Used cooking oil gets to the recycling bin in a number of different ways. Restaurant staff can carry a large pot of UCO from the kitchen to the bin and dump it over the side into the bin. This can be challenging, prone to spills and injuries and is generally the choice of last resort. Another way to transport oil from the fryers to the bin is with a shortening shuttle, shown below.

It is a very effective low-tech way to drain oil from your fryer and transport it with minimal effort to the recycling bin. This video of a shortening shuttle shows how it works.

Another oil transport method is a caddy, which can be pushed under the fryer for draining and then wheeled to an indoor tank so the oil can be pumped in. If you’re using an indoor tank, there are other methods such as directly connecting the fryers to the indoor tank via pipes or transporting it through the pipes with a suction wand. In an environment with distributed kitchens such as a casino or hotel a grease caddy that can be placed under the fryer and then wheeled to the indoor tank is a great solution. Safety and ease of use is paramount when choosing a method to transport restaurant grease.


Another solution to moving grease from fryers is to pour it into an eco-tub. The eco-tub comes in several sizes all of which are easily stored under kitchen counters or sinks. They can be wheeled to a location where your grease recycling company can pump directly from the eco tub to their pumper truck. Sizes range from 42 to 78 gallons.

How many times can I reuse cooking oil?

This question is important to the financial success of many restaurants, but the answer is complex and dependent on a number of factors. The factors that determine how many times you can reuse your cooking oil include:

Cooking meat will cause your cooking oil to deteriorate faster than if you are cooking french fries. The problem in frying meats is that iron is transferred from meat to the cooking oil. The transfer of iron from the food into the oil can decrease the stability of the oil during frying, accelerating thermoxidation. Thermo oxidation changes the chemical properties of the oil reducing its quality. Filtering of cooking oil (to remove meat particles containing iron) that has been used to cook meat is imperative.

 A top quality oil with a high smoke point will last longer than a cheaper oil with a low smoke point.

Cooking at too high a temperature will also cause oil to break down more rapidly. At too high a temperature oil breaks into fatty acid components and toxic substances. A good frying temperature is 350 to 375 deg F.

Filtering oil (physical removal of burned foodstuffs via filter paper or screen) can prevent repeated burning and carbonization and more rapid deterioration of the oil. Polishing is the addition of a chemical substance to bind to food remnants to remove them for the oil. This chemical binding process helps to remove particles that physical filtration through a filter can not.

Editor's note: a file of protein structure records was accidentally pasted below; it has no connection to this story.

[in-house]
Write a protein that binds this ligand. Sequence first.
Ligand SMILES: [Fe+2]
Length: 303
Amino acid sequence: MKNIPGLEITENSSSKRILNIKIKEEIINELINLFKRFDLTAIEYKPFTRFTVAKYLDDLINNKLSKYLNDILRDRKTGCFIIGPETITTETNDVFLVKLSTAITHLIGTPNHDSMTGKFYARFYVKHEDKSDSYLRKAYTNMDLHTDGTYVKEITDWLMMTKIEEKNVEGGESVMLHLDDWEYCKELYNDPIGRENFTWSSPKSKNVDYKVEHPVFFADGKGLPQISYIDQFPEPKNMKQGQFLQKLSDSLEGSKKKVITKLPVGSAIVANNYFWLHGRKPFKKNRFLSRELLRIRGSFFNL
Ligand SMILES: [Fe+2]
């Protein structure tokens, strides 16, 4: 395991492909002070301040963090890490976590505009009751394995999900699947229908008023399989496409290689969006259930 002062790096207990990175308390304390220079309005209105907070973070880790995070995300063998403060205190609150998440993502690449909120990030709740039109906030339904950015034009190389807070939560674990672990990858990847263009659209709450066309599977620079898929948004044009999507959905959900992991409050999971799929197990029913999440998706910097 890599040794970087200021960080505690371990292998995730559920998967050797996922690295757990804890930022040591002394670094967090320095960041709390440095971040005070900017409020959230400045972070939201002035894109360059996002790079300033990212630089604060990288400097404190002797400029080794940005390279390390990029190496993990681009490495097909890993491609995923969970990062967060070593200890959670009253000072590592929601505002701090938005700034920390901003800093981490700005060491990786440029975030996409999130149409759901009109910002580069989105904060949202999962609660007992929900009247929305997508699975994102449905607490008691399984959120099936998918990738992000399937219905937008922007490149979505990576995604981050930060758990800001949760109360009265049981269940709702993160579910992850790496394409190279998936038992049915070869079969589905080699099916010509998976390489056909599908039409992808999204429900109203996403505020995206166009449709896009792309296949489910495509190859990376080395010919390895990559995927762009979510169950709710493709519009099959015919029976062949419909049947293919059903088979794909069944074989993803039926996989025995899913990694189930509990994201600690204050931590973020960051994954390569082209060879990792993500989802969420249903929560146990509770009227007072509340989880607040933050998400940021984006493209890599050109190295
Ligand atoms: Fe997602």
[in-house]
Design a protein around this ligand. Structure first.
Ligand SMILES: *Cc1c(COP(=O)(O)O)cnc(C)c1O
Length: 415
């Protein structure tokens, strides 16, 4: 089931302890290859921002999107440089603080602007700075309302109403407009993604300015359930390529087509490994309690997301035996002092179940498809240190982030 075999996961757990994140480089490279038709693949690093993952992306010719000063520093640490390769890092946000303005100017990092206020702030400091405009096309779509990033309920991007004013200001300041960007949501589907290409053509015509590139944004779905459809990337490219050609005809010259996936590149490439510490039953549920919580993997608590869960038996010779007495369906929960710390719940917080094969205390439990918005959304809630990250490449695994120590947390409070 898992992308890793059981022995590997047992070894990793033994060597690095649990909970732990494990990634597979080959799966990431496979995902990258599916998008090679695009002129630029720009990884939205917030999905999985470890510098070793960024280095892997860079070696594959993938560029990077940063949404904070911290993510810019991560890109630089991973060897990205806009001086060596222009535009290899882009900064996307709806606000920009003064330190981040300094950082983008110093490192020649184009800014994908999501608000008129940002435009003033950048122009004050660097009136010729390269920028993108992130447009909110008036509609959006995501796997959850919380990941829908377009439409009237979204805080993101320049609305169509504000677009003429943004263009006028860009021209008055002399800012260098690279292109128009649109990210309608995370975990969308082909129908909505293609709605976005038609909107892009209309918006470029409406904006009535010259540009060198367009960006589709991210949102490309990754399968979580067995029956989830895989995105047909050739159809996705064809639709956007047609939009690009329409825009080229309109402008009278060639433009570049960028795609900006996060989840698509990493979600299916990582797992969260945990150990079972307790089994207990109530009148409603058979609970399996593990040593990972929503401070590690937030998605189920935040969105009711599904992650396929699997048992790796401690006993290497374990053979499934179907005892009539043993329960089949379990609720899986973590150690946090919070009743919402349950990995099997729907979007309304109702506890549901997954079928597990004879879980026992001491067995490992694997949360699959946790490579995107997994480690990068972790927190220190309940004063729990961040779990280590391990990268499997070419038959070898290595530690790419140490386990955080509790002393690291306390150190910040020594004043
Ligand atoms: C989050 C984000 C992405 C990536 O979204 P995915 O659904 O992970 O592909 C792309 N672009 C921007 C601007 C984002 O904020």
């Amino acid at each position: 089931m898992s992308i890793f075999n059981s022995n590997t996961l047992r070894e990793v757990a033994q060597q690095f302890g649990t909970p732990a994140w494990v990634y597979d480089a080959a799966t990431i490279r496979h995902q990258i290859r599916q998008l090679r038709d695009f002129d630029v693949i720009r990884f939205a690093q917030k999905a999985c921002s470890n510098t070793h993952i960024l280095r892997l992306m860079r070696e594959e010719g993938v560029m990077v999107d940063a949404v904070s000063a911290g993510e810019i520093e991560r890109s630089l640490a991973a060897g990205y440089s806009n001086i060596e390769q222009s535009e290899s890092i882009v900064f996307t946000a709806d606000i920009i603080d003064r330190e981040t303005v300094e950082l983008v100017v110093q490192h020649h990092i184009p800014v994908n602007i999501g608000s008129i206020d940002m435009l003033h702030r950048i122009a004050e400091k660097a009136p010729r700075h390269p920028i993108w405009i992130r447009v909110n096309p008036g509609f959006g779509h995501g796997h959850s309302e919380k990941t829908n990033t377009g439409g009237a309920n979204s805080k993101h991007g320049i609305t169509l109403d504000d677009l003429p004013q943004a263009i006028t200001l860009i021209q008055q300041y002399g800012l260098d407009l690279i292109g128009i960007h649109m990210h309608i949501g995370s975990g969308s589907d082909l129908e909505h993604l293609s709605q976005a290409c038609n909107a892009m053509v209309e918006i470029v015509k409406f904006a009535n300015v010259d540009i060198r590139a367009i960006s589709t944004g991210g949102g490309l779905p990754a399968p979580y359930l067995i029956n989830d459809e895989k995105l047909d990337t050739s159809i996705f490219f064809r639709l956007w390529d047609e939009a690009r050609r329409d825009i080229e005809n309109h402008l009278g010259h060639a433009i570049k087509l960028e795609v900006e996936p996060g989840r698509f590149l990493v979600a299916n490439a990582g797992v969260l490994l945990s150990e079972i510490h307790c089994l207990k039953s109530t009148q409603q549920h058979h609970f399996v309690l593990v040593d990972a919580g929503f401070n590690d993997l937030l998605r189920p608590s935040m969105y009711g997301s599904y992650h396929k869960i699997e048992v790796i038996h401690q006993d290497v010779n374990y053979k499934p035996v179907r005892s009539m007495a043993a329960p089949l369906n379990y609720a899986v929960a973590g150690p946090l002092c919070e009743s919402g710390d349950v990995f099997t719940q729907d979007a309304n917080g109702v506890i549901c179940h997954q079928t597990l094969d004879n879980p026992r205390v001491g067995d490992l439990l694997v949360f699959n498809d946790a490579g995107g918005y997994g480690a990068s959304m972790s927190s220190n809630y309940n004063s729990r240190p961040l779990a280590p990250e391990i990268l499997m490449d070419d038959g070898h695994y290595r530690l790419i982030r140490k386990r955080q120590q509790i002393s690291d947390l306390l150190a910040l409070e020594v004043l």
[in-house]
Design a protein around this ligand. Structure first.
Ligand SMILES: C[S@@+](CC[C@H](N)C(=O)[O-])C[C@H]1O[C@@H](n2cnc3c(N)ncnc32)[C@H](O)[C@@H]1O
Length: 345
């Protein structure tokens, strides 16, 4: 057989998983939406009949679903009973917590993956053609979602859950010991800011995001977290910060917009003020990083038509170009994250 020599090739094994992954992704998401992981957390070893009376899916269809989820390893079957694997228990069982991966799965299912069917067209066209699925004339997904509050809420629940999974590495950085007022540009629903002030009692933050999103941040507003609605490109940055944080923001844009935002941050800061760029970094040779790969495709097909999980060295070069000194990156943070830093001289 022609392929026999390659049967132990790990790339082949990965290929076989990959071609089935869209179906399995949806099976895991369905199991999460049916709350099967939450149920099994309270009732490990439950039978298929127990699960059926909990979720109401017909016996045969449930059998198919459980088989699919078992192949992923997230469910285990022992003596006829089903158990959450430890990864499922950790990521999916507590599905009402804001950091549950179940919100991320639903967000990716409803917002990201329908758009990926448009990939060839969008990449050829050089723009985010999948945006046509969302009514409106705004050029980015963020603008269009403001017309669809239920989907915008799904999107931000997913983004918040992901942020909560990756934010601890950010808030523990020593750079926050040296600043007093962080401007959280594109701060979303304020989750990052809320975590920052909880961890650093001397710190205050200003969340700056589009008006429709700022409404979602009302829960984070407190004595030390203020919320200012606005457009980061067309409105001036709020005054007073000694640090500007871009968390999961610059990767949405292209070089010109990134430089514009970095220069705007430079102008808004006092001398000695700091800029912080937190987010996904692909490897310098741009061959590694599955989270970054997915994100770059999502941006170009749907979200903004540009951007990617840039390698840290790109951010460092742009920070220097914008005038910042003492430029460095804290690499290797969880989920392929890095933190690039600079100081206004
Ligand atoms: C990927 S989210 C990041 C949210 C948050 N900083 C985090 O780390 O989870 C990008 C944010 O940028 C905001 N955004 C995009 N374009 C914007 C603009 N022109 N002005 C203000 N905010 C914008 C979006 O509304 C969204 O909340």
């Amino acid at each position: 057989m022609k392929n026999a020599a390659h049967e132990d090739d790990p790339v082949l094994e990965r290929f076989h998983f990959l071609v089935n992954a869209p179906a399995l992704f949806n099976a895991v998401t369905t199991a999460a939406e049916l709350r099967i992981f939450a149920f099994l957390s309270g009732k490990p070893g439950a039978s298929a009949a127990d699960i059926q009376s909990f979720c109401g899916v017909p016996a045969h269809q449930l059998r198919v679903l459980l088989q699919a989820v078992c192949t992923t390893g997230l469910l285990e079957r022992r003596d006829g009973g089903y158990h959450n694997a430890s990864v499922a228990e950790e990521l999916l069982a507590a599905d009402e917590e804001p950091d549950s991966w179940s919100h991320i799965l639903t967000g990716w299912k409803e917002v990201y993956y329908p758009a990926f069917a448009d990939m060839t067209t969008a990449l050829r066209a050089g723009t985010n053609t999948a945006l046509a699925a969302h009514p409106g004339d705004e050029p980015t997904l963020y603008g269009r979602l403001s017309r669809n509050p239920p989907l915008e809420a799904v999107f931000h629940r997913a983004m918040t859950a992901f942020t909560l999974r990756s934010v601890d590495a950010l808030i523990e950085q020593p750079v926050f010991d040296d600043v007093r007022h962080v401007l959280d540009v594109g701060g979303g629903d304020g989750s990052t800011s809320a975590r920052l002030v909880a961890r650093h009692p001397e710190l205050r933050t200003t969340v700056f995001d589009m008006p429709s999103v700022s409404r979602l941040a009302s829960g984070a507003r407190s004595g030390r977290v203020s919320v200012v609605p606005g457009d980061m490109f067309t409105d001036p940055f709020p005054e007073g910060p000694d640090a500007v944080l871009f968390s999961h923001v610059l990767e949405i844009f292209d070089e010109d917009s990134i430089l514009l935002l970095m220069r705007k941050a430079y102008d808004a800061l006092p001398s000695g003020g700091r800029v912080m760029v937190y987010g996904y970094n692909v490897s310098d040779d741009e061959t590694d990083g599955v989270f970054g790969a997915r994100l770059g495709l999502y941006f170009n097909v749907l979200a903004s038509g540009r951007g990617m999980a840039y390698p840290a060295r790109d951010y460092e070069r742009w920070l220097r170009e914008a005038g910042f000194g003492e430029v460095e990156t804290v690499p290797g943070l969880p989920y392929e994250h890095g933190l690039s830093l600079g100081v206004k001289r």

Filters can come in your fryers or even in your caddy.

Following best practices in the kitchen can increase the life of your oil. Best practices include:

In sum, the life of your cooking is highly dependent on the factors mentioned above and the care you take with your oil from frying temperature to foods to oil type to best kitchen practices.

How to know when to change your cooking oil?

First, if the oil looks dark or smells rancid it is time to change it. Is the oil smoking at normal temperature or has the food taste declined? Is there more foaming in the oil than when the oil was new? These are all indicators that it might be time to change your cooking oil. Overusing your oil can make your foods soggy instead of crispy and add rancid flavors. 

The best way to decide if you should change your oil is to test it. There are several test methods available.  FFA (free fatty acid test strips) are paper strips that you submerge in oil and check the color against a benchmark of colors indicating FFA concentrations. An FFA test kit is here. These are inexpensive but less accurate than the TPM method below.

A TPM (total polar molecule) is a digital test to measure the non-triglycerides in the oil which is a measure of fat breakdown. The downside is that they are expensive and need monthly calibration. A Testo 270 can be seen here.

Considering the cost of cooking oil the small investment in an oil testing kit can pay for itself many times over.

Frequently Asked Questions

How do I know Rebirth will be reliable and pick up my restaurant’s oil when I need them to?

We schedule used cooking oil pickups so you know when to expect us. An off schedule pickup or trap issue? You have the CEO’s cell phone number.

Do you provide indoor UCO systems?

We provide cutting edge cooking oil management systems and they cost less than you’d think. You can prevent injuries and accidents and save on workman’s comp and insurance premiums. If you produce enough oil it makes perfect sense.

Do you clean grease traps?

We do! You only have to make one call–to us! We are licensed grease trap cleaners in Louisiana.

Ready to get started?

Give us a call or fill out a form to learn more or get your restaurant oil removal service started as soon as you need it!